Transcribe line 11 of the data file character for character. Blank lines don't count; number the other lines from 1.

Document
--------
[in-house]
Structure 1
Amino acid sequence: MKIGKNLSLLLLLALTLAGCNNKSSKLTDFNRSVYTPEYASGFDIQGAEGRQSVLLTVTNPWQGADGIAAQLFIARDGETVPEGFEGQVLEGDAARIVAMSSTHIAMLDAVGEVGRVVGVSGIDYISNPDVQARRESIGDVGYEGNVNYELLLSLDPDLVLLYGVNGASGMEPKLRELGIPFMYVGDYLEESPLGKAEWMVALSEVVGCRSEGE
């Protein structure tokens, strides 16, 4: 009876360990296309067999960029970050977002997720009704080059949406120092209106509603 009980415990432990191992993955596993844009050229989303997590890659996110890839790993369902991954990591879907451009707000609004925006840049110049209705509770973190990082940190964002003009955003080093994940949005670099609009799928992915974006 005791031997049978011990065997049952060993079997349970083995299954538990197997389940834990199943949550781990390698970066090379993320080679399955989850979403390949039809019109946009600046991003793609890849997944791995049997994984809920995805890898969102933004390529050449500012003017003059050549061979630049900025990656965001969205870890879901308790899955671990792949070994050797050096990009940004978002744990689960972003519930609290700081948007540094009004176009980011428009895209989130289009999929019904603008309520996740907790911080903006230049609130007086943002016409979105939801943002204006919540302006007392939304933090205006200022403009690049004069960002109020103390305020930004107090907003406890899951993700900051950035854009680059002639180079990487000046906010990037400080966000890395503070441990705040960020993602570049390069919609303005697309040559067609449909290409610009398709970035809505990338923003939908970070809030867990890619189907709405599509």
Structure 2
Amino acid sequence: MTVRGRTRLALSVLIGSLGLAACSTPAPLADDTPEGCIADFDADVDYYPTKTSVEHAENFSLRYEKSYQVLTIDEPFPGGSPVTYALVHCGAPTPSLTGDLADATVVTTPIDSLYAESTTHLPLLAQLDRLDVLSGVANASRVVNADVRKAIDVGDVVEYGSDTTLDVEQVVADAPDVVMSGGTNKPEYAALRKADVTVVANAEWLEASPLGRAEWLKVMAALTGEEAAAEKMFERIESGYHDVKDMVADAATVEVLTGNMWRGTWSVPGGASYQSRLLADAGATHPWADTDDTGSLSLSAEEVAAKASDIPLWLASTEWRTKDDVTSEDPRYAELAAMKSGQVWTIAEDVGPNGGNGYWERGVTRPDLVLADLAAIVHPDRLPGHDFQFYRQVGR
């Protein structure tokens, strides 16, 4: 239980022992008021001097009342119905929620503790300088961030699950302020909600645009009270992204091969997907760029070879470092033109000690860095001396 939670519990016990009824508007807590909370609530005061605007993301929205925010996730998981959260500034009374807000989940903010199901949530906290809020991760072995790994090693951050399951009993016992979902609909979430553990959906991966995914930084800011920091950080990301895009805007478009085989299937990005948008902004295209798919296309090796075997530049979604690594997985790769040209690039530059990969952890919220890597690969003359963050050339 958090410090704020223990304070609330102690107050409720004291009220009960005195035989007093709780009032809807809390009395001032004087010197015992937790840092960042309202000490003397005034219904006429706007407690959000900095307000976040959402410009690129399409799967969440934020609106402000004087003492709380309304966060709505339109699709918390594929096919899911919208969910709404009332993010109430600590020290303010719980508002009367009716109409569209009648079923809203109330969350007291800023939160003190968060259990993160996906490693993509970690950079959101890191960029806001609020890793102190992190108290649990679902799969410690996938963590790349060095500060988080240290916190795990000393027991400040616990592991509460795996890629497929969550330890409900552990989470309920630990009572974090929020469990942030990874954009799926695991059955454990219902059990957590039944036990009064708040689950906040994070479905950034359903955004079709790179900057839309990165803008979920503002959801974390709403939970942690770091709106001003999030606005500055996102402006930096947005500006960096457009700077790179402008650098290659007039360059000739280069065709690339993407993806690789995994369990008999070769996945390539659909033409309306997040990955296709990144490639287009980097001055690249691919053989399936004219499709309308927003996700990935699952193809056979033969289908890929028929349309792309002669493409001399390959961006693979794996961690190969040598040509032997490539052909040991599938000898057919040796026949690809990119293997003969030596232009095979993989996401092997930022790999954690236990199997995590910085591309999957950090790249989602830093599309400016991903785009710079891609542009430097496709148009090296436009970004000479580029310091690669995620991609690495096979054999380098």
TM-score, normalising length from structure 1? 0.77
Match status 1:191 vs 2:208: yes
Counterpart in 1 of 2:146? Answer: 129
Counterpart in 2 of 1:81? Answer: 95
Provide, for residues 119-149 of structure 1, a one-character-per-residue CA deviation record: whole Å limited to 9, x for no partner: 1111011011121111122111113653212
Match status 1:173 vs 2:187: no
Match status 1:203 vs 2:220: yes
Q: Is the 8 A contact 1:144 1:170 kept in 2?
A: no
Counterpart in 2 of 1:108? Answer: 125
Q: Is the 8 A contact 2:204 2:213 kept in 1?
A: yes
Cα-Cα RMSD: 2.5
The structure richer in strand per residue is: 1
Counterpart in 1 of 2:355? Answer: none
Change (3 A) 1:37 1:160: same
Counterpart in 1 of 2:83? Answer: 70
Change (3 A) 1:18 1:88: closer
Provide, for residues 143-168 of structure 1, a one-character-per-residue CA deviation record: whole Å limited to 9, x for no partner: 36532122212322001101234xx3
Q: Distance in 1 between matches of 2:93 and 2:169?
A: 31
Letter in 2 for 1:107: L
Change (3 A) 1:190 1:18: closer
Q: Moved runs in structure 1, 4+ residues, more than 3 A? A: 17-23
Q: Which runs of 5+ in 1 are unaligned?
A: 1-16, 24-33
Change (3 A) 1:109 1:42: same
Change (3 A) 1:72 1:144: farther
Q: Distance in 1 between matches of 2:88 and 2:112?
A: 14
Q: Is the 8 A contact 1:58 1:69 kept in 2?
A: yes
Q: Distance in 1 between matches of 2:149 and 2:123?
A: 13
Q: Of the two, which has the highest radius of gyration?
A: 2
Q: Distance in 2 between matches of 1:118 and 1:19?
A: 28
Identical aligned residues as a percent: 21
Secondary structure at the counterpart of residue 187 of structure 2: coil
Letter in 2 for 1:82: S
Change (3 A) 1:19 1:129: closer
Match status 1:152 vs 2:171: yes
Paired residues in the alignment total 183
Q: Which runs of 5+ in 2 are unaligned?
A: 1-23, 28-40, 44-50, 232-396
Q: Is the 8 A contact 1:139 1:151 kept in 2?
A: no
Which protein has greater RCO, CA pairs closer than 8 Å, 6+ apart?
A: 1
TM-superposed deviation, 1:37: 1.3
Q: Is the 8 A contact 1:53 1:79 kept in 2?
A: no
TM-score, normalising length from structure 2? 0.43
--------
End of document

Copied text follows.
Counterpart in 2 of 1:81? Answer: 95